10/22/2013 4:31:00 PM Rug auction showcases more than 200 rugs from area weavers
Volunteers attempt to hold up Bessie Yazzie’s 12-foot-9–inch by 9-foot-9-inch rug in preparation for the auction.
Katherine Locke Navajo-Hopi Observer
Over 100 people and weavers were on hand for the 10th Native Rug Auction on Oct. 19 at Coconino Center for the Arts in partnership with the Museum of Northern Arizona (MNA) and Flagstaff Cultural Partners where more than 200 rugs were auctioned.
Bessie Yazzie from Blue Gap, Ariz. wove one of the rug auction's showstoppers. The 12-foot-9-inch by 9-foot-9-inch rug took her over a year to weave. It was a Large Storm Pattern rug.
The rug was originally on its way to Wyoming before the government shutdown changed its course. Yazzie decided at the last minute to have the rug auctioned in Flagstaff. It was her first time at a MNA auction. The auctions take place in both October and June to provide the public with an opportunity to learn more about Navajo culture and weavings.
Yazzie originally had a smaller price tag on the rug until volunteers at the auction told her she could get more.
"The lady she told us, 'this is a huge rug and you guys are asking a little price,'" Yazzie said through a translator.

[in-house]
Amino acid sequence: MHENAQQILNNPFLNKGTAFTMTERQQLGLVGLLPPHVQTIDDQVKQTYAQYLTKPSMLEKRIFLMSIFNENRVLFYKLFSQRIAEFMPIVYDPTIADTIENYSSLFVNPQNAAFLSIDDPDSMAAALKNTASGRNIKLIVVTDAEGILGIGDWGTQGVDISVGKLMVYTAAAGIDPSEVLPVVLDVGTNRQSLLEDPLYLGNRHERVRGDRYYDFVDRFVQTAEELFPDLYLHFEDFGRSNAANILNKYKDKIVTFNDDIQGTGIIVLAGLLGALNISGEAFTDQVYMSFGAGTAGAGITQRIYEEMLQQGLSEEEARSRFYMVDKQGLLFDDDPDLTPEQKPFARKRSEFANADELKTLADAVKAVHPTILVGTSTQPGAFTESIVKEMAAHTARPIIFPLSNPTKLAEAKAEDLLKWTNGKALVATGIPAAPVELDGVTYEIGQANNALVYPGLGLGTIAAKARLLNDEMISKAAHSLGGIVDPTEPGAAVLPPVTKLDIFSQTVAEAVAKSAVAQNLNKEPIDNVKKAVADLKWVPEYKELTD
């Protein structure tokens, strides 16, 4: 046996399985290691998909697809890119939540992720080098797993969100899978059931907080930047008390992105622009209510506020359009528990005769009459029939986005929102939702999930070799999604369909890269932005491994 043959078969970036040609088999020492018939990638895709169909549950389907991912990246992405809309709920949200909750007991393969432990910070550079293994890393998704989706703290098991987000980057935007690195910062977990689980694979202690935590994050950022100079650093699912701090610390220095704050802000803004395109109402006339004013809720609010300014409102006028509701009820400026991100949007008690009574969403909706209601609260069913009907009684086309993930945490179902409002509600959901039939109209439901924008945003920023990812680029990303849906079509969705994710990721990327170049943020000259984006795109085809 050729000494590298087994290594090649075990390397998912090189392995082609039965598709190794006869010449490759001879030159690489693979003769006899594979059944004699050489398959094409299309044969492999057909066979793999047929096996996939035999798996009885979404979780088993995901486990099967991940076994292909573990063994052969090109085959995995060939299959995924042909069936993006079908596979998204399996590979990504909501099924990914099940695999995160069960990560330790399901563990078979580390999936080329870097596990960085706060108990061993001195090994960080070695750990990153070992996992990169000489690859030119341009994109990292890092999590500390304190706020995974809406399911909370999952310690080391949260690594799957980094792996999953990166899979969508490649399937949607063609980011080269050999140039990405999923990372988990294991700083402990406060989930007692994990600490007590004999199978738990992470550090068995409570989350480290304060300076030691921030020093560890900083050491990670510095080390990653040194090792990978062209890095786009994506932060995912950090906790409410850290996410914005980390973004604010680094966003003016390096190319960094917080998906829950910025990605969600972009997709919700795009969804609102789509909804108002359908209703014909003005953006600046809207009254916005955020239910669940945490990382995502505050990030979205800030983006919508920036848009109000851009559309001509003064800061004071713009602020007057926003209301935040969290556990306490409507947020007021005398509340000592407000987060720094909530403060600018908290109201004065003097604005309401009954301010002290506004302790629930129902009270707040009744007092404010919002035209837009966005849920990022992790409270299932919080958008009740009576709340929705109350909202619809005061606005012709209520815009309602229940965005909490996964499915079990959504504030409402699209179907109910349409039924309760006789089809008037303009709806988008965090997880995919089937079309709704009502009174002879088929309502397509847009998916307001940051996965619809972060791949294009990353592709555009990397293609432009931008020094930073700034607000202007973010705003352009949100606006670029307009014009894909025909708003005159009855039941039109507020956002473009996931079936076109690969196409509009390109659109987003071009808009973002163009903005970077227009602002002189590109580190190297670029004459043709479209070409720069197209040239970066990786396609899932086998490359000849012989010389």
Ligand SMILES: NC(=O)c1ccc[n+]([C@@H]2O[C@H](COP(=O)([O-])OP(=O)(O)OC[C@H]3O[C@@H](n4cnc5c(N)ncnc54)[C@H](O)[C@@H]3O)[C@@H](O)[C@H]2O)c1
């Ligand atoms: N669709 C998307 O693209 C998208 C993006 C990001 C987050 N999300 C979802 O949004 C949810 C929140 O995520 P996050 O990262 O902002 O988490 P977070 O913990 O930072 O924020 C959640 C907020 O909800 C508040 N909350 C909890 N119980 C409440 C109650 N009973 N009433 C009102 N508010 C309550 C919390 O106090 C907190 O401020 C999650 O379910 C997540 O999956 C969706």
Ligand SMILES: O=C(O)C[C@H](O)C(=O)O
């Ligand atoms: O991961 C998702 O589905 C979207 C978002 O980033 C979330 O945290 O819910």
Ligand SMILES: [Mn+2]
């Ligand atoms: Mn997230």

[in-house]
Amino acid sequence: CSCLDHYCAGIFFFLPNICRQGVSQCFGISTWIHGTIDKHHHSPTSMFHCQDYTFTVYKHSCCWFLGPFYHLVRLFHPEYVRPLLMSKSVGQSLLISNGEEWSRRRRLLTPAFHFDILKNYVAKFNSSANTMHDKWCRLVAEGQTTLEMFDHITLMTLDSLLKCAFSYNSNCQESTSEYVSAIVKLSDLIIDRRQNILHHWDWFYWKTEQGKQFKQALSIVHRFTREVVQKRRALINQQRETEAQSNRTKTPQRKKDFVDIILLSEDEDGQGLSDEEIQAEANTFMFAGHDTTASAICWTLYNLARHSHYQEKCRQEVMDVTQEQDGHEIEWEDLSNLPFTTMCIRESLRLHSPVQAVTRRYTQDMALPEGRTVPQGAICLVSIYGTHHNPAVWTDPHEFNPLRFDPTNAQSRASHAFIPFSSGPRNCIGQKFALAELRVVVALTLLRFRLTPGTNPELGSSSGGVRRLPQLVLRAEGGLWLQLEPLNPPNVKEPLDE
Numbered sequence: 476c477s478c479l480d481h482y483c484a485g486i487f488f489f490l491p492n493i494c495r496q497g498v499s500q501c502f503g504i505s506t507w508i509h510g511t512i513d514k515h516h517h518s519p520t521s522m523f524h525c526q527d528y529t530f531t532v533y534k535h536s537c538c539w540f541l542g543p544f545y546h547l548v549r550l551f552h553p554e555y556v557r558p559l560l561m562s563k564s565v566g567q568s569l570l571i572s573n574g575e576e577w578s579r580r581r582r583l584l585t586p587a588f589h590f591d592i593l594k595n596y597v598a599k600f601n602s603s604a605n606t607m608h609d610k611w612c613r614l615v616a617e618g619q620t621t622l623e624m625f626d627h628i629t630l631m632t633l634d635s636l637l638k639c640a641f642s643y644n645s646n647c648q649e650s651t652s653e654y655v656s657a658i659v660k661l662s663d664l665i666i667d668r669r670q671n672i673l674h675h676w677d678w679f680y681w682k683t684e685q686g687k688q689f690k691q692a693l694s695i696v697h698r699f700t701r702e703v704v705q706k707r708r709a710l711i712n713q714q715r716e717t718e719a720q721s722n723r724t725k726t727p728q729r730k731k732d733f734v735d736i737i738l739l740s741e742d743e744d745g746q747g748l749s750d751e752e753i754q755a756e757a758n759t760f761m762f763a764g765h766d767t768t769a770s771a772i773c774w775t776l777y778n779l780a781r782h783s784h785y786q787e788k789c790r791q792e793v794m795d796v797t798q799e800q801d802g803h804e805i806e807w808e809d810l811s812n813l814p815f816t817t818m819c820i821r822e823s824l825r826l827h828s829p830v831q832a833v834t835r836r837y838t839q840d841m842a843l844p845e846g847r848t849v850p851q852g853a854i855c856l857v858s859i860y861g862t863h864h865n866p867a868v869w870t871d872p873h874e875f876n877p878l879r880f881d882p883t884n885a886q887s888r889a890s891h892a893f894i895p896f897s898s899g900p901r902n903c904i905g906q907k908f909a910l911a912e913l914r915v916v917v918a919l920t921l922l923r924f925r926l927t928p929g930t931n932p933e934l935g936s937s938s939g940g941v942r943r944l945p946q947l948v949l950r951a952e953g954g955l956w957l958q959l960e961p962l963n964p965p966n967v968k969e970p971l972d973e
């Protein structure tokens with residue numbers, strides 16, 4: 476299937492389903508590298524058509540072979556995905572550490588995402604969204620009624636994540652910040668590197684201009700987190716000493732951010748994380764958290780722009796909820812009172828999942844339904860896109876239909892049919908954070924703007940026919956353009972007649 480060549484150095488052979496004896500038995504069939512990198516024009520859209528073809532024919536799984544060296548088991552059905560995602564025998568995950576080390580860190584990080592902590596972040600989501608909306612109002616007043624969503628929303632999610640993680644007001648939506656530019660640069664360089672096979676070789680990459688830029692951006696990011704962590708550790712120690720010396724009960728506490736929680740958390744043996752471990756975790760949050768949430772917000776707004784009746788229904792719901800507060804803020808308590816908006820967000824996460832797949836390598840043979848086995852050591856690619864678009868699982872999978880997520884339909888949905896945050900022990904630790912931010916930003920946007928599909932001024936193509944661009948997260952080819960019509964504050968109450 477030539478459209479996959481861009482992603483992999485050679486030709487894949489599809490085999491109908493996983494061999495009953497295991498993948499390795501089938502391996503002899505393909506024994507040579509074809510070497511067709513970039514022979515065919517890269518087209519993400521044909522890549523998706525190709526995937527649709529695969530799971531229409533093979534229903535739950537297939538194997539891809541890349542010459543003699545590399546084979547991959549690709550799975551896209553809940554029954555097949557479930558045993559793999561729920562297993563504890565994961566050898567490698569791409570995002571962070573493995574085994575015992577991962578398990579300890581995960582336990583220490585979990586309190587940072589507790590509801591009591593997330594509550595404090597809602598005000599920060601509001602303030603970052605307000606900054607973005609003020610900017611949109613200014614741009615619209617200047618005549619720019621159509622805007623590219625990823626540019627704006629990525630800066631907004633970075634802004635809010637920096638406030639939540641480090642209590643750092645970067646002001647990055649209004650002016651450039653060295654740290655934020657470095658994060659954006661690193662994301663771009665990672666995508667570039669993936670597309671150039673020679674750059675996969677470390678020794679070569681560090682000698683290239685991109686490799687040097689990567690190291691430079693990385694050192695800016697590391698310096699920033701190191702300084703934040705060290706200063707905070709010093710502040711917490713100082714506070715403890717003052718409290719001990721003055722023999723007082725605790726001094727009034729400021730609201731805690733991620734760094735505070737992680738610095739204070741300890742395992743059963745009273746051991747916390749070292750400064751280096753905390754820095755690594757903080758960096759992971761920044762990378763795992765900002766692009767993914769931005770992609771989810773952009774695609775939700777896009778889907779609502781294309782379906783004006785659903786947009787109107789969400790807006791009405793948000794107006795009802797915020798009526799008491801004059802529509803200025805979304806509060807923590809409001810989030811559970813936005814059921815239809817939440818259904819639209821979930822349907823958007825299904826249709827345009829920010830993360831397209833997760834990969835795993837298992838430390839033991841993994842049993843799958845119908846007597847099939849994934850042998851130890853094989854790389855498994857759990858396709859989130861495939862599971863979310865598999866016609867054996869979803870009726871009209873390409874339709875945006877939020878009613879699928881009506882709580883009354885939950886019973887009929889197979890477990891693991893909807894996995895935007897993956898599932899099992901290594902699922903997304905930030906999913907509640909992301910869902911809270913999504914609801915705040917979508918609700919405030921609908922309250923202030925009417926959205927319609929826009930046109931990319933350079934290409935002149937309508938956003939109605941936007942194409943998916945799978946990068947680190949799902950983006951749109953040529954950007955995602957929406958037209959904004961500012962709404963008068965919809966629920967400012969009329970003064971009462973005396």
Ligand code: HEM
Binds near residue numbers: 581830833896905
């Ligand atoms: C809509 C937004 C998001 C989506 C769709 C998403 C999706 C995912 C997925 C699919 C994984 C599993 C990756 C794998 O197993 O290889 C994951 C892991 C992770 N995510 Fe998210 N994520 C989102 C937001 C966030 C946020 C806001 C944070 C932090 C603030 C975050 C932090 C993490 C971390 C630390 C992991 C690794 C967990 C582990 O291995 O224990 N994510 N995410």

The original price was $2,000. Even the modified price of $3,000 ended up being lower than what the rug sold for at $3,750.
The rugs in the auction came from original weavers and also from private collections.
Rug styles at the auction included Two Grey Hills, Ganado, Teec Nos Pos, Ye'ii, Pictorial, Wide Ruins, Storm, Sandpainting, Eyedazzler and more.
R.B. Burnham & Co. Trading Post auctioneered the event. The family has worked in the field of Native American art for five generations.
Posted: Tuesday, November 12, 2013
Article comment by:
Whoever bought the rug actually stold the rug. I believe it's worth far more than 3,700.00, an estimate of 300 a month or 77.00 a week or 11 dollars a day. It is very sad to continue to take advantage of our Dineh Grandmothers. 10,000 or more would have been a better quote our Dineh Shima.